• Action 2 – SW to provide update on lighthouse projects

IPPG Working Group report

Simon Parsons presented the working group update report.  In particular he noted that:

  • the Working Group met once in the last quarter with the next meeting scheduled for November
  • ahead of the meeting, SW had arranged sessions with stakeholders to provide an update on the investment planning scenario
  • IPPGWG had endorsed the Q2-22/23 Needs List for submission to IPPG
  • the working group reviewed the proposed governance of adjustment to Needs on the Development List - any material changes will still go to IPPGWG for endorsement. 
  • the net-zero update was postponed due to time constraints.  SW had circulated the update to stakeholders and it would formally be published during climate week  

Alan Sutherland queried how the MAs and Committed List work together.  Simon confirmed that if a project has a value greater than £1m it would be added as a named project, otherwise it would be captured as a programme of work. Alan noted there are only 2 new Needs this quarter and asked whether this means no priorities had arisen from the MAs. Simon clarified that once a Need has been approved, it will allow projects to be progressed and added to the Development List so that the need can be met. He added that once a project reaches Gate 90 it will be added to the Committed List as a project or programme of work. Alan noted that the MA have allocations of money, but it is not clear how to understand how much customer money has been spent in those areas at a point in time.  Mark Dickson clarified that information on costs was provided in the Committed List. Simon added that paper 13-22-05 provides the new additions each quarter.

David Satti noted that some 15 years ago, SW produced “table G” which had a list of projects every quarter and this informed the graphs.  He added that WICS appreciated this high level of detail, and that it would be helpful to have this level of granularity again. David queried whether a monthly table update could be provided.  Alan added that further information is required to understand future pressures. Sue Petch noted that if a MA approach exists, then SW is actively investing but detail is not provided to this group. She raised the Chemical Dosing MA as an example – the level of investment is stated when projects go on the Committed List but IPPG won’t see what’s currently in development.  Simon noted some £12-13m had been added for chemical dosing this quarter which is a large number of projects.  Sue queried what this means for the level of demand for that MA. Alan asked how IPPG could be confident that the right projects were promoted. Simon confirmed that each MA has an investment trigger, and once this has been reached, SW must promote investment – projects won’t be left behind. Simon added that for the recent WICS information return SW provided the total level of demand, what funds have been allocated in the period and what has already been spent. He noted that SW could provide the list of individual projects if helpful.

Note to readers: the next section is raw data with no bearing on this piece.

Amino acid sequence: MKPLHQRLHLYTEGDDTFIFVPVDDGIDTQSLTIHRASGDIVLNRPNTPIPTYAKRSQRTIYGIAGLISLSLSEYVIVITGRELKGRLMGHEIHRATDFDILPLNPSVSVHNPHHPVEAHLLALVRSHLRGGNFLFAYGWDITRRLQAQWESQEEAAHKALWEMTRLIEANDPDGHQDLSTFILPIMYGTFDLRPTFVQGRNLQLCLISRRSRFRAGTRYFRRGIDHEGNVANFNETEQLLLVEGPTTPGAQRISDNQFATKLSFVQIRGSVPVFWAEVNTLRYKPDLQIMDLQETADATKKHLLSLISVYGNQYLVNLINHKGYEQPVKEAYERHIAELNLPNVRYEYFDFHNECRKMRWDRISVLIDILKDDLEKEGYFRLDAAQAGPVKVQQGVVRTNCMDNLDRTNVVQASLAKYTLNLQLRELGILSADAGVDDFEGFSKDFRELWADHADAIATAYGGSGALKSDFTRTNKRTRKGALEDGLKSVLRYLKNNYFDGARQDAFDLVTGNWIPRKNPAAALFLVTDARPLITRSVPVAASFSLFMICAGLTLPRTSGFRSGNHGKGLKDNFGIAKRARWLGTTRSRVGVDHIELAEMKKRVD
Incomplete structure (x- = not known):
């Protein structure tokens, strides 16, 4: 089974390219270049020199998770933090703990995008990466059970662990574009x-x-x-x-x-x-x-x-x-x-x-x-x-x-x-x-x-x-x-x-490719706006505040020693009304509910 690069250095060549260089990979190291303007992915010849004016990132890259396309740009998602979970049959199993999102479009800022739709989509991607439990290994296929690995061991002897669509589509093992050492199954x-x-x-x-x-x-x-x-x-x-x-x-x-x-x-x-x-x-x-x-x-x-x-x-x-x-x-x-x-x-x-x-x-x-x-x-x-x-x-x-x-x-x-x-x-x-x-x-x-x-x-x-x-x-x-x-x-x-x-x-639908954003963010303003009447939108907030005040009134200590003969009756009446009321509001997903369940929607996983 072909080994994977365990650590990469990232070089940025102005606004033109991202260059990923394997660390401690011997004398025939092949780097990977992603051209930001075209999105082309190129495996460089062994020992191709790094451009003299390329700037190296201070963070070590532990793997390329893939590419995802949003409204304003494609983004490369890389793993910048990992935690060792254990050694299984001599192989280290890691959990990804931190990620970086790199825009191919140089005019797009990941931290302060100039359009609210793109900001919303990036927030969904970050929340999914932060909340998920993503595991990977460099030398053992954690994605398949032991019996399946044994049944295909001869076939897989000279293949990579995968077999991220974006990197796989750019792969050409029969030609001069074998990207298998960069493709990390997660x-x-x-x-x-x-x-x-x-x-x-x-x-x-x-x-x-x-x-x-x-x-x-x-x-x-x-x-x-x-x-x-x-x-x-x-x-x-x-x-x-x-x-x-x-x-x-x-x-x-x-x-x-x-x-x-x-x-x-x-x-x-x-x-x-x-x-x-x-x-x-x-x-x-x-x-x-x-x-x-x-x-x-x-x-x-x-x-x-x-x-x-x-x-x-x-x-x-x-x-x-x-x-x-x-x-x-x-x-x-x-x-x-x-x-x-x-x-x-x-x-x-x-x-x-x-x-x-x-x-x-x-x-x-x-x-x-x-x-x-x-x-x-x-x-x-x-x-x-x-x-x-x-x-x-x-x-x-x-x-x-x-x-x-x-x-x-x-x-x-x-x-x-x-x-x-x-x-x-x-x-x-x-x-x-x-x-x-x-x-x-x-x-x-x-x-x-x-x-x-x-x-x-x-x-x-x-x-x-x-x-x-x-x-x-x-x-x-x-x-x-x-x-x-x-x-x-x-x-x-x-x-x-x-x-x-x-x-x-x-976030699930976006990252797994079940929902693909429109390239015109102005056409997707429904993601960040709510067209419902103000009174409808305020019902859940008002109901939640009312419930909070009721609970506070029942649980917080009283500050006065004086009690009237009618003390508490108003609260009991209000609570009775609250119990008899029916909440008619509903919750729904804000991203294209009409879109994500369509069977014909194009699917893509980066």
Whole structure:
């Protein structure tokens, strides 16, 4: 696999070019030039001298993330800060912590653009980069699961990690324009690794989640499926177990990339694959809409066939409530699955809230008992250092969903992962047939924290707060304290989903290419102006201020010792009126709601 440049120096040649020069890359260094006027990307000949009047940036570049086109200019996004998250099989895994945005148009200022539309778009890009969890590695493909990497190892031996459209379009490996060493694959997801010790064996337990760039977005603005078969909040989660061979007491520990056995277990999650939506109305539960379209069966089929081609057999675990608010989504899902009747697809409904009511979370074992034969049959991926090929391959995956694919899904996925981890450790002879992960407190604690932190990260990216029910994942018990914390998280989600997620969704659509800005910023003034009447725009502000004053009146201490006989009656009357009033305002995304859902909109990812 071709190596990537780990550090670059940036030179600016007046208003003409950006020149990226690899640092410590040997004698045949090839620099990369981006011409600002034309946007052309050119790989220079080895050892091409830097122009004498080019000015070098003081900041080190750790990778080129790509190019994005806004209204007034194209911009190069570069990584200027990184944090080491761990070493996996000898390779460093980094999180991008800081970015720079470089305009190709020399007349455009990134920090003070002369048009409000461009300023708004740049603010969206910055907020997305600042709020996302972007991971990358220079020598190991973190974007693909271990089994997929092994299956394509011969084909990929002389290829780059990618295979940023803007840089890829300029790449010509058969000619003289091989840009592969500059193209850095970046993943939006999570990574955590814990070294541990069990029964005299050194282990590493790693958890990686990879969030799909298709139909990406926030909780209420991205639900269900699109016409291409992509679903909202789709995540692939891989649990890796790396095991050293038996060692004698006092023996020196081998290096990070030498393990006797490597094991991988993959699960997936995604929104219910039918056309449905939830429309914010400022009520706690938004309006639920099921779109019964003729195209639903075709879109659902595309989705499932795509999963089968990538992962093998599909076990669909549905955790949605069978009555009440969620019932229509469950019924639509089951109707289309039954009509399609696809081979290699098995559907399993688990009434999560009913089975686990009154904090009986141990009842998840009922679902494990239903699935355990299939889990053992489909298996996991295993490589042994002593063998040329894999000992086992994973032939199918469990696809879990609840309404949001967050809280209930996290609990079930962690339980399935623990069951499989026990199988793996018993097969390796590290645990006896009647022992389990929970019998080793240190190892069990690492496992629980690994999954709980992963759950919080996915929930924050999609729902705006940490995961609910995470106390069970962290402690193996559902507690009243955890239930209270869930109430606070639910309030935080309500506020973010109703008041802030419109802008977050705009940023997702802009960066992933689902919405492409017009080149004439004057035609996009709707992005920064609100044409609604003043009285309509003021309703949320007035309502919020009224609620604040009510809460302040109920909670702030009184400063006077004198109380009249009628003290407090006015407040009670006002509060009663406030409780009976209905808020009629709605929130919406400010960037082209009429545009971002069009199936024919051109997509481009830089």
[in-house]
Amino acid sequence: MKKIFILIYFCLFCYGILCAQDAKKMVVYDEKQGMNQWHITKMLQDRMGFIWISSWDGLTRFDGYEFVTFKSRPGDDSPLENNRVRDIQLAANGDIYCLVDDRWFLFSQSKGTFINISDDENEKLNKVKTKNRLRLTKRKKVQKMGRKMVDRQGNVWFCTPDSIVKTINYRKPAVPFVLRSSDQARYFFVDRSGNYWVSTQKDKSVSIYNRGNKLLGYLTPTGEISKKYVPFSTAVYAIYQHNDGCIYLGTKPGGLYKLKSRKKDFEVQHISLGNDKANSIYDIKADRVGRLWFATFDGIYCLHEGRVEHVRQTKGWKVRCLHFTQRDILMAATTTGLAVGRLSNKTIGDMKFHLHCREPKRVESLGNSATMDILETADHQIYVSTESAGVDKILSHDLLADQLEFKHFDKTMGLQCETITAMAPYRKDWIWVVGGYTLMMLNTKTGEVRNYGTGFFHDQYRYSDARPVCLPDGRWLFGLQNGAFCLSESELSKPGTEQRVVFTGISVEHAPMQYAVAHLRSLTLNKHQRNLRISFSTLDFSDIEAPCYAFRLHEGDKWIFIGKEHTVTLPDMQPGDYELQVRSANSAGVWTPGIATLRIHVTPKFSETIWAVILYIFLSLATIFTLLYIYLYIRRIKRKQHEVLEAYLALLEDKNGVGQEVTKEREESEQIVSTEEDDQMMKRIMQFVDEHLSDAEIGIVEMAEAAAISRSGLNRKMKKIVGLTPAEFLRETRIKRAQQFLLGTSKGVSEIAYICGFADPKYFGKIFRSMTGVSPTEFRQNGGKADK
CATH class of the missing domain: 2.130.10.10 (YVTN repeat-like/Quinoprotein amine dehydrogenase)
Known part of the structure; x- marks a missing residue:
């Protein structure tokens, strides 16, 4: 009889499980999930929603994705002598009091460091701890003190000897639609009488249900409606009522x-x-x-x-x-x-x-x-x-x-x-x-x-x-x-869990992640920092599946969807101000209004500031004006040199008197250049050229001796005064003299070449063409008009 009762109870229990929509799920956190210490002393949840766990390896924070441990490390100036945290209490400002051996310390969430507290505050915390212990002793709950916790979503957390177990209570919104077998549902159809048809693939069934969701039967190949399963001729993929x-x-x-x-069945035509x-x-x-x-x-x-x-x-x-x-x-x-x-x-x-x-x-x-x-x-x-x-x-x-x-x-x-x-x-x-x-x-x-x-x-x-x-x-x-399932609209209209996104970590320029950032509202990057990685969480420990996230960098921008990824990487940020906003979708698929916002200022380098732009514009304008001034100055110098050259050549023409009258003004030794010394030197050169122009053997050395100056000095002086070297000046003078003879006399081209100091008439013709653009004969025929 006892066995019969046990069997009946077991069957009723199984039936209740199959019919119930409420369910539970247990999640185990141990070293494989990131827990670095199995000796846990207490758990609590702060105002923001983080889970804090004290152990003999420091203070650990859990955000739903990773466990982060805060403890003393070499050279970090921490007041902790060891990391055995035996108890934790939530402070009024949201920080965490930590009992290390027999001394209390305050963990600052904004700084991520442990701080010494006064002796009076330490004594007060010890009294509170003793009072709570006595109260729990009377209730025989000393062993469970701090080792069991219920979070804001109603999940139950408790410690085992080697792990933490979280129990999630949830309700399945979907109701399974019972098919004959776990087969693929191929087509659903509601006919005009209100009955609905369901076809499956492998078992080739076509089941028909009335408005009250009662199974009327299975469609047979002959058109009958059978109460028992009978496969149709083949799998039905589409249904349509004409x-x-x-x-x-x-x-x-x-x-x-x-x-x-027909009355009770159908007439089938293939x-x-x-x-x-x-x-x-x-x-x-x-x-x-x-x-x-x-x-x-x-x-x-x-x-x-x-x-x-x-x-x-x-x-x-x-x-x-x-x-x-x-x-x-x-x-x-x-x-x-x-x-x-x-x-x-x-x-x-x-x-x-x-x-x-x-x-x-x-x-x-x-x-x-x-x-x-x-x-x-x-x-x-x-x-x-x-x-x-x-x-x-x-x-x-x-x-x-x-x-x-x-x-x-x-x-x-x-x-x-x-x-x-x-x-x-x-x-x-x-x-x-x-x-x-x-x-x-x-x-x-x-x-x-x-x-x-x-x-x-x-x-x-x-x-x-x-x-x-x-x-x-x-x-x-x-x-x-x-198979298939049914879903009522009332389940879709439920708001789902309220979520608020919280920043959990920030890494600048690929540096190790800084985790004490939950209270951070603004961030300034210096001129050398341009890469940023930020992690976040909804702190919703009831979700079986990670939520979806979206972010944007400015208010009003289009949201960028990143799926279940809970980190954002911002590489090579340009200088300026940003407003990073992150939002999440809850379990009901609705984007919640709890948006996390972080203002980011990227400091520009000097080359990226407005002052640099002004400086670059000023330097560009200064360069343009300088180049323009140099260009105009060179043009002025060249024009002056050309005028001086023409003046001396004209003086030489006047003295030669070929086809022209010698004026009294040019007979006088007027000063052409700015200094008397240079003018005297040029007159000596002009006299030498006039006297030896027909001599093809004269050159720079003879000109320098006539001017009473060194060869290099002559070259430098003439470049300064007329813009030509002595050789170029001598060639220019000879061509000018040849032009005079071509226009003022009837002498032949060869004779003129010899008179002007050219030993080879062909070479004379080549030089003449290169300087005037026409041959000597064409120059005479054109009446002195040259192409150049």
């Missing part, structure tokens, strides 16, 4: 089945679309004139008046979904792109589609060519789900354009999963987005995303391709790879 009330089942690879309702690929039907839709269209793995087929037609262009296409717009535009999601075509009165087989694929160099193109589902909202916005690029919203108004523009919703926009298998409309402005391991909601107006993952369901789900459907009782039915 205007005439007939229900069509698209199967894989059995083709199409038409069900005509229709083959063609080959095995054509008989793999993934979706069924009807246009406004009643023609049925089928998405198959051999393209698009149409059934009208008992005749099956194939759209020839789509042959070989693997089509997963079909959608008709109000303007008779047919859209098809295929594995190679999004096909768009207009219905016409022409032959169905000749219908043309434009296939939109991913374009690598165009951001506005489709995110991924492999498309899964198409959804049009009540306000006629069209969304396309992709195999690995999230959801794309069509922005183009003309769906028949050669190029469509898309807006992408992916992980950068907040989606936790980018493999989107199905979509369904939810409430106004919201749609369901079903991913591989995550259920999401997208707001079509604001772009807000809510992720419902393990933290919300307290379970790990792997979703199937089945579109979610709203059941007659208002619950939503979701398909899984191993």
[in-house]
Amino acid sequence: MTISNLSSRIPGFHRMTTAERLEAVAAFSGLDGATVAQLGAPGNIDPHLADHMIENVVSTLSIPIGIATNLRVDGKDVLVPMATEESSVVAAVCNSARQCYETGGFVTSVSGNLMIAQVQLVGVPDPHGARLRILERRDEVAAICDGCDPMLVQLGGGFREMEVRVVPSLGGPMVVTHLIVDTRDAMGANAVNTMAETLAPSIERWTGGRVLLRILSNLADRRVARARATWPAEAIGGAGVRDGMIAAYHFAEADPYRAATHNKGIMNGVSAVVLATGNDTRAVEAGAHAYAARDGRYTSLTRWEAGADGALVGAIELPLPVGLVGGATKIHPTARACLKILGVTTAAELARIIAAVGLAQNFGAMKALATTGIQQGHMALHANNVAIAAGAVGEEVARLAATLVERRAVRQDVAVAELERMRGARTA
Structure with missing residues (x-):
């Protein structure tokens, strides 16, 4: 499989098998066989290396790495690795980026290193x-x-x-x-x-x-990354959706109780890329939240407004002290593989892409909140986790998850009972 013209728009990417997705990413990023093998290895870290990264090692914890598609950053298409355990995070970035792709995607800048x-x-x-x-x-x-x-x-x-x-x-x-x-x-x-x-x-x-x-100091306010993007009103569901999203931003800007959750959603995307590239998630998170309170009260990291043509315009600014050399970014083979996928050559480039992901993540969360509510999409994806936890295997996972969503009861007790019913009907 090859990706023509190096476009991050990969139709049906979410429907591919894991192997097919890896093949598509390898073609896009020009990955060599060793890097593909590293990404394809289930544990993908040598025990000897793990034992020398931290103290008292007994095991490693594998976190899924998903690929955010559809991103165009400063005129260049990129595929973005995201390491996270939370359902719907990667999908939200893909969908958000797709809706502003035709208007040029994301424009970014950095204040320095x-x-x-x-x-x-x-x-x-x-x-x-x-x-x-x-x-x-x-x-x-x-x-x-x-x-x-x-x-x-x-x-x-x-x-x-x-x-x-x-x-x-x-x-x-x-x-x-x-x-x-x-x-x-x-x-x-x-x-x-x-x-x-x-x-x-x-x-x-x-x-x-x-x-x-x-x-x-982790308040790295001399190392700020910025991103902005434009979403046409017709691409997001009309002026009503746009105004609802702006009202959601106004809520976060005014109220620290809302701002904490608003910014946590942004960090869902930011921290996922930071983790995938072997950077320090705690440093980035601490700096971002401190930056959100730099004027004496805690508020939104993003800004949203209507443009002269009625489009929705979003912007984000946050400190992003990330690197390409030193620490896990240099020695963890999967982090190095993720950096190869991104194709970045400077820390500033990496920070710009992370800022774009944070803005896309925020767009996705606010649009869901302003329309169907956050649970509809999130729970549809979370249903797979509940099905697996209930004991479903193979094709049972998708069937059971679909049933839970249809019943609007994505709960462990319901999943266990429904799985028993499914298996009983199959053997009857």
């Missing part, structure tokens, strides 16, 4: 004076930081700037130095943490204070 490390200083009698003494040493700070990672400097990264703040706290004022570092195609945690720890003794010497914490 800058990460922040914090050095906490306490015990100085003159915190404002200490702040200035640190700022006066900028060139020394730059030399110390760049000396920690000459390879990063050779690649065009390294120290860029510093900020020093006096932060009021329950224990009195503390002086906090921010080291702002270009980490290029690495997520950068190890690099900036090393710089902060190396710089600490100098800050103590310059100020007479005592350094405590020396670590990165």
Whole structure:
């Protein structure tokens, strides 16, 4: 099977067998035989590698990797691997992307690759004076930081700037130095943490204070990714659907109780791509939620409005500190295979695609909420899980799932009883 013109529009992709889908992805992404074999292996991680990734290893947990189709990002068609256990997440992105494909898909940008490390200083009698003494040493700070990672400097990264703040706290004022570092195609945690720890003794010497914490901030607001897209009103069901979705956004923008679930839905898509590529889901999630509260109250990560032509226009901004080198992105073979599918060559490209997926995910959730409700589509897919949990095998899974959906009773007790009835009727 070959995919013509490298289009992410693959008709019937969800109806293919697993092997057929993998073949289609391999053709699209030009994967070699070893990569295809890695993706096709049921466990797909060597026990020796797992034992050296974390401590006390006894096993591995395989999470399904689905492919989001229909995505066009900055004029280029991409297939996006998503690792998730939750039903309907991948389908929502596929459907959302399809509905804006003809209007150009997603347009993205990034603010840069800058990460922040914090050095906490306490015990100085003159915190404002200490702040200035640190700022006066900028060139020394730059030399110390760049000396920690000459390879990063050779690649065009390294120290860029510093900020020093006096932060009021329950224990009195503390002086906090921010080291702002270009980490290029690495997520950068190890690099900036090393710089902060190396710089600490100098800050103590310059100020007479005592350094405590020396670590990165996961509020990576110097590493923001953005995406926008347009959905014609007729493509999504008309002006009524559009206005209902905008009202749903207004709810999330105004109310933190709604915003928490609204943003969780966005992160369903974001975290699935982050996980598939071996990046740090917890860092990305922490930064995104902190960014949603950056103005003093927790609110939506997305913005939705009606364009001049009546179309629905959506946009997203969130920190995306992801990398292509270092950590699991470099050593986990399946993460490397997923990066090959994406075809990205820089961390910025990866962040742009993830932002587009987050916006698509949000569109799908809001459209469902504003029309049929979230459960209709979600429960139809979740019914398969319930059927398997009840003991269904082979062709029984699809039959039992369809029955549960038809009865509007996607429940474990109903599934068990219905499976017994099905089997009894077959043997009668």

Alan noted that MAs have maximum funds allocated for the period, but there is no link back to the long run average for asset replacement.  He added that SW might deliver what the MA requires but it is not clear how to assess the potential backlog of repair and replacement work being built up. Simon confirmed that each MA has a forecast to predict the potential asset replacement demand over the 6 year period. SW also assesses the level of demand through on-going inspections.  Alan suggested that stakeholders need further information on how the models operate.  Simon offered to provide further information to WICS.  he Chair concluded that there is a sufficient level of information for this high level group in the form of the “Transfers to Committed List” paper.  He added that the process is a consequence of  Investment Planning and Prioritisation Framework (IPPF) and that members would need to have trust in SW’s judgement. The Chair suggested that SW could provide a paper to help build understanding in how risk is managed over time.